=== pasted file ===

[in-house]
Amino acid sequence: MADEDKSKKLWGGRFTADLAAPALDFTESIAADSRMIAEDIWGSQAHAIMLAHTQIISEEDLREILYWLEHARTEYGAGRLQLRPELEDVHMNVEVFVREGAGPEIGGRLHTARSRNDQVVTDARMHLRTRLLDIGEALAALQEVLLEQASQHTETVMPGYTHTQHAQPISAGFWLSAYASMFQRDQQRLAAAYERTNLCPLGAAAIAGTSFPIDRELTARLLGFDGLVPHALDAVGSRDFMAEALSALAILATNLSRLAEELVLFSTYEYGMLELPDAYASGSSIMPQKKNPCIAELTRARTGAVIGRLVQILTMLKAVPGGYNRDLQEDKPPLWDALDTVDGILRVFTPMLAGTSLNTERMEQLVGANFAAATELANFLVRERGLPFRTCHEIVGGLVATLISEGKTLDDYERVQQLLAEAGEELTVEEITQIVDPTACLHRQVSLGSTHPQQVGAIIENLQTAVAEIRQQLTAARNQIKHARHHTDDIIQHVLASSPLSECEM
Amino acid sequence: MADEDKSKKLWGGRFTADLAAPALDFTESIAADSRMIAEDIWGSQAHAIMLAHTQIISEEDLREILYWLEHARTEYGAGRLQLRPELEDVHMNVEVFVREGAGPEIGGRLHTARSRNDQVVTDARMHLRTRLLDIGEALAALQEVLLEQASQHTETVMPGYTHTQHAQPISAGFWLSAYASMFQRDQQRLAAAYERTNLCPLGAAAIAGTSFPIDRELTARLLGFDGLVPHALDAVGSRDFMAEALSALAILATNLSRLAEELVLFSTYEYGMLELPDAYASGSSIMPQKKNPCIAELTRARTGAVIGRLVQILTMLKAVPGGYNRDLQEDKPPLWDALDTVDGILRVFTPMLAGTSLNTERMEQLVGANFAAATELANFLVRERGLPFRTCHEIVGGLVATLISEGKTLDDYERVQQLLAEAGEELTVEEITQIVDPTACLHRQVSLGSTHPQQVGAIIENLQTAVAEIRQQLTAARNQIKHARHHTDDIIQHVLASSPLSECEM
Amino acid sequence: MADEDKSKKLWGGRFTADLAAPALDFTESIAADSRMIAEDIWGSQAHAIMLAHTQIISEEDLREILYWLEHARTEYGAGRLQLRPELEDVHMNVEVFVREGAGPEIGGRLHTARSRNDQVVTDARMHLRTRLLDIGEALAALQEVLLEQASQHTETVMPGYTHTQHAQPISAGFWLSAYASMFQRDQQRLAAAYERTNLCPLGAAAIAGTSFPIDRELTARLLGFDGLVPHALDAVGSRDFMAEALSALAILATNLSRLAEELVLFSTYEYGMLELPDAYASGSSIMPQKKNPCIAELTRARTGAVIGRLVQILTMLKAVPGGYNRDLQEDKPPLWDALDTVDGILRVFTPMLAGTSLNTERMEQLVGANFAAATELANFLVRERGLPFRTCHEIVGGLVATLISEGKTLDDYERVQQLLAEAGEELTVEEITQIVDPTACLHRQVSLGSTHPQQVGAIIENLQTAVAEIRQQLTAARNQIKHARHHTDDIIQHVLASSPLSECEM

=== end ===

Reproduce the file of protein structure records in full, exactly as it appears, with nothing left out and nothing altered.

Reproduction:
[in-house]
Amino acid sequence: MADEDKSKKLWGGRFTADLAAPALDFTESIAADSRMIAEDIWGSQAHAIMLAHTQIISEEDLREILYWLEHARTEYGAGRLQLRPELEDVHMNVEVFVREGAGPEIGGRLHTARSRNDQVVTDARMHLRTRLLDIGEALAALQEVLLEQASQHTETVMPGYTHTQHAQPISAGFWLSAYASMFQRDQQRLAAAYERTNLCPLGAAAIAGTSFPIDRELTARLLGFDGLVPHALDAVGSRDFMAEALSALAILATNLSRLAEELVLFSTYEYGMLELPDAYASGSSIMPQKKNPCIAELTRARTGAVIGRLVQILTMLKAVPGGYNRDLQEDKPPLWDALDTVDGILRVFTPMLAGTSLNTERMEQLVGANFAAATELANFLVRERGLPFRTCHEIVGGLVATLISEGKTLDDYERVQQLLAEAGEELTVEEITQIVDPTACLHRQVSLGSTHPQQVGAIIENLQTAVAEIRQQLTAARNQIKHARHHTDDIIQHVLASSPLSECEM
Amino acid sequence: MADEDKSKKLWGGRFTADLAAPALDFTESIAADSRMIAEDIWGSQAHAIMLAHTQIISEEDLREILYWLEHARTEYGAGRLQLRPELEDVHMNVEVFVREGAGPEIGGRLHTARSRNDQVVTDARMHLRTRLLDIGEALAALQEVLLEQASQHTETVMPGYTHTQHAQPISAGFWLSAYASMFQRDQQRLAAAYERTNLCPLGAAAIAGTSFPIDRELTARLLGFDGLVPHALDAVGSRDFMAEALSALAILATNLSRLAEELVLFSTYEYGMLELPDAYASGSSIMPQKKNPCIAELTRARTGAVIGRLVQILTMLKAVPGGYNRDLQEDKPPLWDALDTVDGILRVFTPMLAGTSLNTERMEQLVGANFAAATELANFLVRERGLPFRTCHEIVGGLVATLISEGKTLDDYERVQQLLAEAGEELTVEEITQIVDPTACLHRQVSLGSTHPQQVGAIIENLQTAVAEIRQQLTAARNQIKHARHHTDDIIQHVLASSPLSECEM
Amino acid sequence: MADEDKSKKLWGGRFTADLAAPALDFTESIAADSRMIAEDIWGSQAHAIMLAHTQIISEEDLREILYWLEHARTEYGAGRLQLRPELEDVHMNVEVFVREGAGPEIGGRLHTARSRNDQVVTDARMHLRTRLLDIGEALAALQEVLLEQASQHTETVMPGYTHTQHAQPISAGFWLSAYASMFQRDQQRLAAAYERTNLCPLGAAAIAGTSFPIDRELTARLLGFDGLVPHALDAVGSRDFMAEALSALAILATNLSRLAEELVLFSTYEYGMLELPDAYASGSSIMPQKKNPCIAELTRARTGAVIGRLVQILTMLKAVPGGYNRDLQEDKPPLWDALDTVDGILRVFTPMLAGTSLNTERMEQLVGANFAAATELANFLVRERGLPFRTCHEIVGGLVATLISEGKTLDDYERVQQLLAEAGEELTVEEITQIVDPTACLHRQVSLGSTHPQQVGAIIENLQTAVAEIRQQLTAARNQIKHARHHTDDIIQHVLASSPLSECEM